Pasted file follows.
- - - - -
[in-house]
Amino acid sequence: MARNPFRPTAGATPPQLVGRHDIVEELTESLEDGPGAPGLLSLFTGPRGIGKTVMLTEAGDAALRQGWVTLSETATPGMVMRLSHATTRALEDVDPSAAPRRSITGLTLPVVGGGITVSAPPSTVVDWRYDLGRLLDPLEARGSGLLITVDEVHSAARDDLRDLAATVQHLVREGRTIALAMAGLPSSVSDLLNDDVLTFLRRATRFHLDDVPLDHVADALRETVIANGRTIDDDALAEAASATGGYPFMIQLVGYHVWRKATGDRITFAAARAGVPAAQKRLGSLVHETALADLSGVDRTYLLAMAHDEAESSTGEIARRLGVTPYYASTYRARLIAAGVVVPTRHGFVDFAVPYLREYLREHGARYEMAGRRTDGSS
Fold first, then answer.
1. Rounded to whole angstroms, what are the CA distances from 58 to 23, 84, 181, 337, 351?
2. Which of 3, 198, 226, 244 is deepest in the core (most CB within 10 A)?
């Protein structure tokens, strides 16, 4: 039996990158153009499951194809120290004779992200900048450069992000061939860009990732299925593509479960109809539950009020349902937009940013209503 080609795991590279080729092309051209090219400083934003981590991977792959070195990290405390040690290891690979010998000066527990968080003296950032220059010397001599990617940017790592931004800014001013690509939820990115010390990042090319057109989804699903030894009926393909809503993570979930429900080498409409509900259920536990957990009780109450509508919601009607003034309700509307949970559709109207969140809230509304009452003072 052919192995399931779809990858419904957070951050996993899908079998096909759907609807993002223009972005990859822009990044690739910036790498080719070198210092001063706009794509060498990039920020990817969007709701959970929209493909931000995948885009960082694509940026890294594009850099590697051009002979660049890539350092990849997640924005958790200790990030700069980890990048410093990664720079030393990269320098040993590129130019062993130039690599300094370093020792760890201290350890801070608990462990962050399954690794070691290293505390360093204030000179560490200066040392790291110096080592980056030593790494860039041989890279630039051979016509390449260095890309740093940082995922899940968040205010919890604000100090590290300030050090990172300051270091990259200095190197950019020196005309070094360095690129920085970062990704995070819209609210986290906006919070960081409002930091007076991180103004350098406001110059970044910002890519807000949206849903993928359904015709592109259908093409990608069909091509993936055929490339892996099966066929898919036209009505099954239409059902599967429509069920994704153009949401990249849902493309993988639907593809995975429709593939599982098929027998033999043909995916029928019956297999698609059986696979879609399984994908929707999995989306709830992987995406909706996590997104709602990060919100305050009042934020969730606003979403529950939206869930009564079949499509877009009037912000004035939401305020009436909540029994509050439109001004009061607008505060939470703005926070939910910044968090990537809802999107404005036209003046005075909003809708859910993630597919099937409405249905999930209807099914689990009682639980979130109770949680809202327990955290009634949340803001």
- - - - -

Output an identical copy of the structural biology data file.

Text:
[in-house]
Amino acid sequence: MARNPFRPTAGATPPQLVGRHDIVEELTESLEDGPGAPGLLSLFTGPRGIGKTVMLTEAGDAALRQGWVTLSETATPGMVMRLSHATTRALEDVDPSAAPRRSITGLTLPVVGGGITVSAPPSTVVDWRYDLGRLLDPLEARGSGLLITVDEVHSAARDDLRDLAATVQHLVREGRTIALAMAGLPSSVSDLLNDDVLTFLRRATRFHLDDVPLDHVADALRETVIANGRTIDDDALAEAASATGGYPFMIQLVGYHVWRKATGDRITFAAARAGVPAAQKRLGSLVHETALADLSGVDRTYLLAMAHDEAESSTGEIARRLGVTPYYASTYRARLIAAGVVVPTRHGFVDFAVPYLREYLREHGARYEMAGRRTDGSS
Fold first, then answer.
1. Rounded to whole angstroms, what are the CA distances from 58 to 23, 84, 181, 337, 351?
2. Which of 3, 198, 226, 244 is deepest in the core (most CB within 10 A)?
């Protein structure tokens, strides 16, 4: 039996990158153009499951194809120290004779992200900048450069992000061939860009990732299925593509479960109809539950009020349902937009940013209503 080609795991590279080729092309051209090219400083934003981590991977792959070195990290405390040690290891690979010998000066527990968080003296950032220059010397001599990617940017790592931004800014001013690509939820990115010390990042090319057109989804699903030894009926393909809503993570979930429900080498409409509900259920536990957990009780109450509508919601009607003034309700509307949970559709109207969140809230509304009452003072 052919192995399931779809990858419904957070951050996993899908079998096909759907609807993002223009972005990859822009990044690739910036790498080719070198210092001063706009794509060498990039920020990817969007709701959970929209493909931000995948885009960082694509940026890294594009850099590697051009002979660049890539350092990849997640924005958790200790990030700069980890990048410093990664720079030393990269320098040993590129130019062993130039690599300094370093020792760890201290350890801070608990462990962050399954690794070691290293505390360093204030000179560490200066040392790291110096080592980056030593790494860039041989890279630039051979016509390449260095890309740093940082995922899940968040205010919890604000100090590290300030050090990172300051270091990259200095190197950019020196005309070094360095690129920085970062990704995070819209609210986290906006919070960081409002930091007076991180103004350098406001110059970044910002890519807000949206849903993928359904015709592109259908093409990608069909091509993936055929490339892996099966066929898919036209009505099954239409059902599967429509069920994704153009949401990249849902493309993988639907593809995975429709593939599982098929027998033999043909995916029928019956297999698609059986696979879609399984994908929707999995989306709830992987995406909706996590997104709602990060919100305050009042934020969730606003979403529950939206869930009564079949499509877009009037912000004035939401305020009436909540029994509050439109001004009061607008505060939470703005926070939910910044968090990537809802999107404005036209003046005075909003809708859910993630597919099937409405249905999930209807099914689990009682639980979130109770949680809202327990955290009634949340803001």